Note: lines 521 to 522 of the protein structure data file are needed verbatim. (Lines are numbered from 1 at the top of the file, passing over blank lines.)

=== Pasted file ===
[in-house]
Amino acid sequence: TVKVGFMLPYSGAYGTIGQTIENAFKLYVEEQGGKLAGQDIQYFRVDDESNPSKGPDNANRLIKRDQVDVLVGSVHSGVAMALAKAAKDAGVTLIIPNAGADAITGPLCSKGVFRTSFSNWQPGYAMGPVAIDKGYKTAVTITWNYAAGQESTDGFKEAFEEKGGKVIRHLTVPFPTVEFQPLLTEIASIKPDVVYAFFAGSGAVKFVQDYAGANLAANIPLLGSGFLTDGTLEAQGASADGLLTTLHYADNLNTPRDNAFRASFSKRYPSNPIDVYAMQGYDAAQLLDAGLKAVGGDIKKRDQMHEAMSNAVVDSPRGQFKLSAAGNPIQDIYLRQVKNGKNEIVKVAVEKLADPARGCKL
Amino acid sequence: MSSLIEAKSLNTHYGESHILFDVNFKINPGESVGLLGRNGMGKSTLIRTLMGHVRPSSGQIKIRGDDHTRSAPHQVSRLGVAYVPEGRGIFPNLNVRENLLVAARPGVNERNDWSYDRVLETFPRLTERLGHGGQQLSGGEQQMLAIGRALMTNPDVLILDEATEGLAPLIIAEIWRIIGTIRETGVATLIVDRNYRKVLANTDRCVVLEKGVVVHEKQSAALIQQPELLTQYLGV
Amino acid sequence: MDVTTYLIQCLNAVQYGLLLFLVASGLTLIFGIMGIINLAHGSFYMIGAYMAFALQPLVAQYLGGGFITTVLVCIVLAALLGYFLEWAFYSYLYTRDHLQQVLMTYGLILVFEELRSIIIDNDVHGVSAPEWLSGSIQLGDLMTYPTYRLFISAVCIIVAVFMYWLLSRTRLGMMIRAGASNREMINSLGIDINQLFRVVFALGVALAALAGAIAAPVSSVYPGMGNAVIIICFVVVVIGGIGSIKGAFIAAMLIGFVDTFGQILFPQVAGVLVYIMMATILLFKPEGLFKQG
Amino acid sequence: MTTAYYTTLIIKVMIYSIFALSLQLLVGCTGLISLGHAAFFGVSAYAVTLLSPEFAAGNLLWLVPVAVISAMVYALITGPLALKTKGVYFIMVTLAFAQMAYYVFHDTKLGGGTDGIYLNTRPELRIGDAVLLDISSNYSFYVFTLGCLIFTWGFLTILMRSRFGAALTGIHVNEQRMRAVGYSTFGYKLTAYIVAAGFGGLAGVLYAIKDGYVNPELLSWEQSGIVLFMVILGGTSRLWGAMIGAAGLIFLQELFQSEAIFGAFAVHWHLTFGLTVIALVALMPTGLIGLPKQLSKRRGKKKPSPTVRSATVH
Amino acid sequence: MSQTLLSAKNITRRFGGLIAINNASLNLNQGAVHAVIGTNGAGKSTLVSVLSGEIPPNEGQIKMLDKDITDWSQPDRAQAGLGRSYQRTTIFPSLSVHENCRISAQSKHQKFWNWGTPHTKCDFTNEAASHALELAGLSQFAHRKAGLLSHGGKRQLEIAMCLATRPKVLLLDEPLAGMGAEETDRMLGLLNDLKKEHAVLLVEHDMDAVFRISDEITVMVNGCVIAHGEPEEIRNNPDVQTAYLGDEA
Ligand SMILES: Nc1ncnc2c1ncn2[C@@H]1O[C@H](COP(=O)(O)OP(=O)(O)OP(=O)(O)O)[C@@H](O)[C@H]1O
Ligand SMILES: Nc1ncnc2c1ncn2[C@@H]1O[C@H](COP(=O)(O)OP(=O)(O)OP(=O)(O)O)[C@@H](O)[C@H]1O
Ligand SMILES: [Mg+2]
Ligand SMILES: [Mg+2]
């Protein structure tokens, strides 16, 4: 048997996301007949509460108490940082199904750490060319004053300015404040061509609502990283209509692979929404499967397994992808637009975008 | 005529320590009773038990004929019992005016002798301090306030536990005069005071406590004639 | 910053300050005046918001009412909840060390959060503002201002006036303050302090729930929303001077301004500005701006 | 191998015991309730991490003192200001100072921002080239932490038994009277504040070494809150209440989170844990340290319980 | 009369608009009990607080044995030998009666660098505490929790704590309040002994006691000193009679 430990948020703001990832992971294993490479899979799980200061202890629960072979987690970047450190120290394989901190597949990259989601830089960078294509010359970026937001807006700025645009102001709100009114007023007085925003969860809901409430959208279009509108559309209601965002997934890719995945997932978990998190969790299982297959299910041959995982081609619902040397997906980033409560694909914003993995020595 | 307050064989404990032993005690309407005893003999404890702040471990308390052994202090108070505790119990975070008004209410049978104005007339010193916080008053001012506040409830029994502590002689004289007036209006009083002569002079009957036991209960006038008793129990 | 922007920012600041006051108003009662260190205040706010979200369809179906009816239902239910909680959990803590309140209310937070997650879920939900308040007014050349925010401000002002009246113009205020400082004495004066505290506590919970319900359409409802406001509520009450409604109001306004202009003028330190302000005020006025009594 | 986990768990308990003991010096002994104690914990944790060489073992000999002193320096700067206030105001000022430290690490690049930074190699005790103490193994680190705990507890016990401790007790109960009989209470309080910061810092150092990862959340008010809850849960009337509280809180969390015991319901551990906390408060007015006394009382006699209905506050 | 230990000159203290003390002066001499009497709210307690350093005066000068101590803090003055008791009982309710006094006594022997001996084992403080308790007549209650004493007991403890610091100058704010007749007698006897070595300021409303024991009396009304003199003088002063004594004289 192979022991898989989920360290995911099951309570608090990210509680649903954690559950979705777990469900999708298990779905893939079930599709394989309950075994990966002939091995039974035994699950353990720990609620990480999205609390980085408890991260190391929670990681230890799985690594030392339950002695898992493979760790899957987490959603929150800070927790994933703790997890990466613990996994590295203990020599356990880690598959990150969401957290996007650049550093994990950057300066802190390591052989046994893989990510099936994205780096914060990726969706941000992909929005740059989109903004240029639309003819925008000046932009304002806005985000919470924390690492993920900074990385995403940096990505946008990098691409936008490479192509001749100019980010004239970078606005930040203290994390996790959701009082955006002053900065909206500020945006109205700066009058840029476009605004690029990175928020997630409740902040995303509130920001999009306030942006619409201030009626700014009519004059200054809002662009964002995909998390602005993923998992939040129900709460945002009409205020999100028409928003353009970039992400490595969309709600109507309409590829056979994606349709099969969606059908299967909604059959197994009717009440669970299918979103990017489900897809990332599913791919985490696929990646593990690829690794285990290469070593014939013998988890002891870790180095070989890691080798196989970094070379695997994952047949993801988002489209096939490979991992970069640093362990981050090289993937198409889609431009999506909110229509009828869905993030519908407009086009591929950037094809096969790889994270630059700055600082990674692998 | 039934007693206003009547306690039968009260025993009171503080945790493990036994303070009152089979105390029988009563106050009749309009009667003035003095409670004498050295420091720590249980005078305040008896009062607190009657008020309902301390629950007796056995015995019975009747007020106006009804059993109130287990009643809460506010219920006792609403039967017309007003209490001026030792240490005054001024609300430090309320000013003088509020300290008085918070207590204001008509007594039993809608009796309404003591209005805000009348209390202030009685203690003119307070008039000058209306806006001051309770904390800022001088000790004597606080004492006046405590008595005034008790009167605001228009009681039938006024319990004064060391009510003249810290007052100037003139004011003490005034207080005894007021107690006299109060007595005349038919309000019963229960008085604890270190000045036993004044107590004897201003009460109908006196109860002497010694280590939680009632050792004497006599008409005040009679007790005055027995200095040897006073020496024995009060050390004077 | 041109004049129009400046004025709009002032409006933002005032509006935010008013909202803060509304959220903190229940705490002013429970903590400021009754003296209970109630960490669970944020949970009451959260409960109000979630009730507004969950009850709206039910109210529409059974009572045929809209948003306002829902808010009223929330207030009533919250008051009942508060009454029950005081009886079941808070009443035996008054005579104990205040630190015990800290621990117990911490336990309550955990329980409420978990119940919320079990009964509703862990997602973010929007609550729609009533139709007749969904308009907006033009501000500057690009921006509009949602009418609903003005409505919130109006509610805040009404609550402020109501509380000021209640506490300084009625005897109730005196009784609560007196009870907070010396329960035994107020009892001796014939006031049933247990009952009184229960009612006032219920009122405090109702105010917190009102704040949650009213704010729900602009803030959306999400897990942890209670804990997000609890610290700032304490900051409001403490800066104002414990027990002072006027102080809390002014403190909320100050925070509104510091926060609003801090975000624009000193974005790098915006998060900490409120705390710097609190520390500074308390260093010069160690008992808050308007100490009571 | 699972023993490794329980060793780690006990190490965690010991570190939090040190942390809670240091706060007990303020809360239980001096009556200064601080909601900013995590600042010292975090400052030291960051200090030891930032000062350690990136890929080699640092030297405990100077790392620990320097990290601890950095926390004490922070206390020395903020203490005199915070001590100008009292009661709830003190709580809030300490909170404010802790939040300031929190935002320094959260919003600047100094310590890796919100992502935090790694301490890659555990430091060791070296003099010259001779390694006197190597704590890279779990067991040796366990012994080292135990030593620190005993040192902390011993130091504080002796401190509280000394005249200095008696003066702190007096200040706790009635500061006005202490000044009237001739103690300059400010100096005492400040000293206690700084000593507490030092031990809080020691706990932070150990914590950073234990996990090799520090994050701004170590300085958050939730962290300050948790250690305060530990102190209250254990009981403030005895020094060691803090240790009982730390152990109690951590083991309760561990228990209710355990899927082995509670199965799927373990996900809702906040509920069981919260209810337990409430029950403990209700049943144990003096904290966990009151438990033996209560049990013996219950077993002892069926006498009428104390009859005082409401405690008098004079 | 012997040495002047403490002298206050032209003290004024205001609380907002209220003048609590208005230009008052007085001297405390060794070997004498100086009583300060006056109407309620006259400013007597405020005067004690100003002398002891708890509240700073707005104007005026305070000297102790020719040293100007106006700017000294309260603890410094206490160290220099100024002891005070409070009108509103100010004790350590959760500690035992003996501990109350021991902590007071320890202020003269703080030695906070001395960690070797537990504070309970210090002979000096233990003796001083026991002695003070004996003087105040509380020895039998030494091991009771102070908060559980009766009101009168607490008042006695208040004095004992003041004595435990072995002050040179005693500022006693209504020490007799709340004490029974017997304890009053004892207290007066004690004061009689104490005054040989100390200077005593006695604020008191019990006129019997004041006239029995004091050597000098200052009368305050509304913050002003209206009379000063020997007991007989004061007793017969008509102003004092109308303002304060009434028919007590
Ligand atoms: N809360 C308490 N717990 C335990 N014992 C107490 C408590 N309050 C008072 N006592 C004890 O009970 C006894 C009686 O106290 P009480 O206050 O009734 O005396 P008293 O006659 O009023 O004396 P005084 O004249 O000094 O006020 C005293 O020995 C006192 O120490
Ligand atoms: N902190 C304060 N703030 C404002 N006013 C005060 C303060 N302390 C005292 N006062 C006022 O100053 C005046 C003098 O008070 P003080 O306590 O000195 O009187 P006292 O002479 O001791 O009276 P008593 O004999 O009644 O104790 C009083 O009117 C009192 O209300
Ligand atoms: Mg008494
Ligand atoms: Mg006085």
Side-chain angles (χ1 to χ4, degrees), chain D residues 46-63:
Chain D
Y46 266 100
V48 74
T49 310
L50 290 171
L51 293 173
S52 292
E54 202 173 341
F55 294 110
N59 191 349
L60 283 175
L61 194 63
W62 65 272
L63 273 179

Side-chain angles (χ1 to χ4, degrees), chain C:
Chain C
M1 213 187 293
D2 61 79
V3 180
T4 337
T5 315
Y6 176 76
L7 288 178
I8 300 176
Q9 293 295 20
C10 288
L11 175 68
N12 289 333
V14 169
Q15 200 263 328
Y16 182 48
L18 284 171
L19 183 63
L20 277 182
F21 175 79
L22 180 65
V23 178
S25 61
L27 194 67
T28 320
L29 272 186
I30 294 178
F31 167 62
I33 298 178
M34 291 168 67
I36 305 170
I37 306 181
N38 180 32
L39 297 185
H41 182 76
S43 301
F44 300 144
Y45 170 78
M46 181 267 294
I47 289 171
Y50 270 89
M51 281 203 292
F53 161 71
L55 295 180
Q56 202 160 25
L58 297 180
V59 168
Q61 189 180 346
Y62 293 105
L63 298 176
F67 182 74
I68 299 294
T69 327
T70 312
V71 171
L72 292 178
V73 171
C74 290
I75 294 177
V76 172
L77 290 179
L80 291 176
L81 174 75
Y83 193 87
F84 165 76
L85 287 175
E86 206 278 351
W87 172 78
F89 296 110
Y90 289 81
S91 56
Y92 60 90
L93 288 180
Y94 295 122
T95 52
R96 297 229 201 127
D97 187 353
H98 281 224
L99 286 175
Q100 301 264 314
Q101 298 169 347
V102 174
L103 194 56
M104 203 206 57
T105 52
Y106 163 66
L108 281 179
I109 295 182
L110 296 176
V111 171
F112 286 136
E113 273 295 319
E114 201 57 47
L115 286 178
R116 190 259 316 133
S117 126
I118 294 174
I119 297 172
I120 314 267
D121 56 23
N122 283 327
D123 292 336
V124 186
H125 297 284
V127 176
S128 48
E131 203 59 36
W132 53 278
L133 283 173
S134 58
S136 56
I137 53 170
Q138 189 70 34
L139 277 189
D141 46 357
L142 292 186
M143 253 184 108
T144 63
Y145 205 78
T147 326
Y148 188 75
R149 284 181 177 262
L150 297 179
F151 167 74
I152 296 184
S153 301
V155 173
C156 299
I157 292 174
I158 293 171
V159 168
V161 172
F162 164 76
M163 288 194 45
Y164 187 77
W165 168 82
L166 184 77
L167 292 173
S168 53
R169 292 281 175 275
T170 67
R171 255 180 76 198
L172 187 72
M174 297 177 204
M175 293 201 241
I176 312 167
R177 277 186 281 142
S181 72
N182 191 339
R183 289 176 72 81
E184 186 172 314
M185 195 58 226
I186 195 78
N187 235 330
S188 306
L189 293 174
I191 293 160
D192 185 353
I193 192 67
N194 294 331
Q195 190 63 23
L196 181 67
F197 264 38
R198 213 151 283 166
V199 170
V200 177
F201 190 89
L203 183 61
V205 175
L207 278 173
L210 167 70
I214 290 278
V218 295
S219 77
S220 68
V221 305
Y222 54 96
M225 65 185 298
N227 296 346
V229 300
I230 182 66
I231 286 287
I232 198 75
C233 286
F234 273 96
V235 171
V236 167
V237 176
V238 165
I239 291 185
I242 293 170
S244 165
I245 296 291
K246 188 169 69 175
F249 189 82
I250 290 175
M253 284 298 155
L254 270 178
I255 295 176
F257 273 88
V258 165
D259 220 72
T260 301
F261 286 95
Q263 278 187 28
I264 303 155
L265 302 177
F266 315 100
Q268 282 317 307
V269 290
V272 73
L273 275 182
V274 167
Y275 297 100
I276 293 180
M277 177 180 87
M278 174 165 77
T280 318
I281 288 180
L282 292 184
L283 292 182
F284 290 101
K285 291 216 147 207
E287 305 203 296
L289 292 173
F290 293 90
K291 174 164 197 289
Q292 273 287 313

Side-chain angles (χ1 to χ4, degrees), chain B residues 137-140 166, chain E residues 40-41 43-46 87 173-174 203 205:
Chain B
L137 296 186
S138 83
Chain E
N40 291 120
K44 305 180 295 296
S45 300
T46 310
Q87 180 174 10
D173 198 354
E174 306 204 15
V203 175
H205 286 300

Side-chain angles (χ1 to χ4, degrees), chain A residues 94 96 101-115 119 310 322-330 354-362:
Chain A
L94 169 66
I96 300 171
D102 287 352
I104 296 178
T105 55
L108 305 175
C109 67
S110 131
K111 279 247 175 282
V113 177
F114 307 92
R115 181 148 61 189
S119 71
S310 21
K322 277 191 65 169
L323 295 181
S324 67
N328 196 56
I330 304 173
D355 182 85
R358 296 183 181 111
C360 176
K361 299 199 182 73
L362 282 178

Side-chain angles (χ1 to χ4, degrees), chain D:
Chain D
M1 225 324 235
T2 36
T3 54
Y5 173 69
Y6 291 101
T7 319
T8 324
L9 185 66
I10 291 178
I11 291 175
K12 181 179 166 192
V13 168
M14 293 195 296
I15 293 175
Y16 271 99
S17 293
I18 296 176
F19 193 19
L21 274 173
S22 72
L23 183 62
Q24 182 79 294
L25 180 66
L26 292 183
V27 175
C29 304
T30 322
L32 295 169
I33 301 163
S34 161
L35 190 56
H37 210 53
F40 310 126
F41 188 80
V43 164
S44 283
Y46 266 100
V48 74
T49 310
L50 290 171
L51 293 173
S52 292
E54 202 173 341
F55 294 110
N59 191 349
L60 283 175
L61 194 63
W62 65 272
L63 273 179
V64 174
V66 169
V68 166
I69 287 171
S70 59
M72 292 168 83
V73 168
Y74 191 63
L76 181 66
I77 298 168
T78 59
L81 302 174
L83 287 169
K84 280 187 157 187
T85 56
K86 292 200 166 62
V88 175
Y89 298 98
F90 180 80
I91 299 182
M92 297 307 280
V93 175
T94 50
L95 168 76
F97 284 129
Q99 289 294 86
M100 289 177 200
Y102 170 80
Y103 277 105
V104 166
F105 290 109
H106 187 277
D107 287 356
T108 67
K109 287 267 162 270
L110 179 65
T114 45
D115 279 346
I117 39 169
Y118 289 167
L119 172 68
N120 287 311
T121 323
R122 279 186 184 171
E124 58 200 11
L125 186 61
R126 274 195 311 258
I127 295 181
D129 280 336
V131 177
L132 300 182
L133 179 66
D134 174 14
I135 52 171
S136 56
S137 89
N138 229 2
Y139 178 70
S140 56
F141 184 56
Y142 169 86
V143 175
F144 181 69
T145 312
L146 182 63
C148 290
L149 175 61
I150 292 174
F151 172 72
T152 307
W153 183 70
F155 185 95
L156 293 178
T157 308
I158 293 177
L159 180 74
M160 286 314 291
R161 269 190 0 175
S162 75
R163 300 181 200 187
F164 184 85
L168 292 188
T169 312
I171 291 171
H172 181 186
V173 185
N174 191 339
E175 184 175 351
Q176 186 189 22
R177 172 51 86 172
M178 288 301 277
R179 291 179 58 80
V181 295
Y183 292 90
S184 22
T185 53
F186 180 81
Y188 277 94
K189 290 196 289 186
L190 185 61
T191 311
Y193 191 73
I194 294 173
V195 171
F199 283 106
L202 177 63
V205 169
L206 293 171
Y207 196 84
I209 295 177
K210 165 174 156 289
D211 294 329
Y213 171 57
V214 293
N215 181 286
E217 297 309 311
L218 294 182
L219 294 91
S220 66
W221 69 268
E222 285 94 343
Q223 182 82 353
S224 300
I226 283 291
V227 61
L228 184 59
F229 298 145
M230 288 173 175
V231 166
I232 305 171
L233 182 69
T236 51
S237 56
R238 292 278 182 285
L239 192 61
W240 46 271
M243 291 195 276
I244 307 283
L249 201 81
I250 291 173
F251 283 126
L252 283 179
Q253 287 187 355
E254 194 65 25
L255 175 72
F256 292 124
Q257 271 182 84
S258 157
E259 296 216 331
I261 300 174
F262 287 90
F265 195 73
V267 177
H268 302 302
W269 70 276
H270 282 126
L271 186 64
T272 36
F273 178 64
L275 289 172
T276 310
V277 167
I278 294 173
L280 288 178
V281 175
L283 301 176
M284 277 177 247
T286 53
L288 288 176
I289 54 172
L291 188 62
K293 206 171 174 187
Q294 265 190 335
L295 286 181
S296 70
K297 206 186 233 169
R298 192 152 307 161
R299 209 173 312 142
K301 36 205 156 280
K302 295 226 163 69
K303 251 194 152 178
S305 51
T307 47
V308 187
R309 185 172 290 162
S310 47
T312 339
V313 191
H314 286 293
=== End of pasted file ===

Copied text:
L291 188 62
K293 206 171 174 187